Manitoba’s public school system will get $20.8 million more in the next academic year, for a total $1.35 billion.
That’s a 1.56 per cent increase in funding over the current year, Education Minister Cliff Cullen said on Friday.
It’s the highest dollar investment in Manitoba’s education history, he said.
Cullen, who was appointed education minister in early January, also said the province “remains committed to modernizing Manitoba’s education system” to prepare students for post-secondary education, joining the workforce or starting their own business.
He did not elaborate. When asked to clarify, he hinted that something would come of the independent review of the province’s kindergarten to Grade 12 system in 2019.
The review, which is expected to force the amalgamation of school boards, was originally expected to be released publicly in March 2020 but was delayed due to the pandemic.
Manitoba has the third-highest spending per student in Canada at $14,815, after Saskatchewan and New Brunswick, yet Manitoba students often score well below their counterparts across the country in national assessments, Cullen said.
“And in fact, many times we’re very near the bottom in terms of outcomes,” he said.
“Clearly, that’s why we asked for the K-12 review. We now have that review in front of us and we look forward to bringing that review to Manitobans in the very near future.”
Cullen said the government will say “shortly” when the report will be available.
When it is released, the government will reveal its plan to improve the education outcomes for Manitoba students, he said.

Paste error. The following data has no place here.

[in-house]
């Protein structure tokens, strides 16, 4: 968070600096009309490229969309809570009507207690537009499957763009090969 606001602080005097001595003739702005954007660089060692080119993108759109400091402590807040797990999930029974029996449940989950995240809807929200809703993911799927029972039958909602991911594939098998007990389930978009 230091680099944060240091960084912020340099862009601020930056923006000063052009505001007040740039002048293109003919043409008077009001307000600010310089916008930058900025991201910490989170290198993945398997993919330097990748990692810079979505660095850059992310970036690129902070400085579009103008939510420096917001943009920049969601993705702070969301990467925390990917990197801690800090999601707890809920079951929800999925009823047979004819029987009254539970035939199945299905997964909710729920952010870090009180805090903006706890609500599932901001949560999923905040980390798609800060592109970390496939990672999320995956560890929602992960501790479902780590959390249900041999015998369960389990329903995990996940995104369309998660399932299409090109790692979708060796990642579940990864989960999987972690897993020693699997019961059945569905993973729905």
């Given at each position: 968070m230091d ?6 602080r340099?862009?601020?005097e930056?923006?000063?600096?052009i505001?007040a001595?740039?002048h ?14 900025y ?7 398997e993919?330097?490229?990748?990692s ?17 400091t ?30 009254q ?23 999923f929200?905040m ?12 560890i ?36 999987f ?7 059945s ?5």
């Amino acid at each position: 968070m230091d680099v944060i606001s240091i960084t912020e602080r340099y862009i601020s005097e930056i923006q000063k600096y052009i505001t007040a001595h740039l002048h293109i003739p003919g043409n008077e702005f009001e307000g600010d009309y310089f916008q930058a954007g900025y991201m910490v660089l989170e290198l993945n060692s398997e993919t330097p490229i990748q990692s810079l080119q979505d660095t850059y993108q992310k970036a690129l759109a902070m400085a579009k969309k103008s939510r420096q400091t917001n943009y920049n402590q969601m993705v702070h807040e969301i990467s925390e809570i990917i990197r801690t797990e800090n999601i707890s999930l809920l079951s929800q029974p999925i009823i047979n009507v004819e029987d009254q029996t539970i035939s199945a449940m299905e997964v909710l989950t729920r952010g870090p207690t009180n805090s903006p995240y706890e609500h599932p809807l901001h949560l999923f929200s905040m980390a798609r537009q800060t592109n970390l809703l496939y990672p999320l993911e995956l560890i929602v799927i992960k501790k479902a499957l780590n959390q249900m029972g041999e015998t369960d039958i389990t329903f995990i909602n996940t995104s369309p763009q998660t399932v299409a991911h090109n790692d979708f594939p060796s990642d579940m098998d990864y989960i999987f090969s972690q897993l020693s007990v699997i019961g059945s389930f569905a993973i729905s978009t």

Hours after announcing Cullen’s appointment last month, Premier Brian Pallister made clear his government intends to revamp the education system, which he called “very top-heavy” and in need of reforms.
Education property tax freeze
The government will also freeze the education property taxes for the coming year and give school divisions a grant of $22.8 million to offset that revenue loss, Cullen said on Friday.
For the past two years, the province has demanded all school divisions hold the line on education property tax increases to two per cent.
“This year we’re asking them to freeze it at zero per cent,” Cullen said.
The offset grant is on top of the $20.8 million funding commitment.
Of that funding portion, $6.7 million is earmarked for base funding for public schools, a 0.5 per cent increase over last year, while $5.5 million is for special-needs funding, Cullen noted.
The province is also promising that school divisions will not see their per-capita funding reduced due to enrolment variations because of COVID-19.
Cullen said all school divisions will receive no less than 98 per cent of the operating funding they received a year earlier.
Some school divisions in other provinces, particularly Ontario, have floated the idea of cancelling March break in an effort to curb the spread of COVID-19.
Cullen said that’s not on the table in Manitoba.
“We think that teachers, students, and probably parents, require a break,” he said. “So the plans will continue forward with spring break as we know it.”
People are urged, though, to stay home and be mindful of the public health orders in place, and not travel for non-essential reasons, Cullen said.
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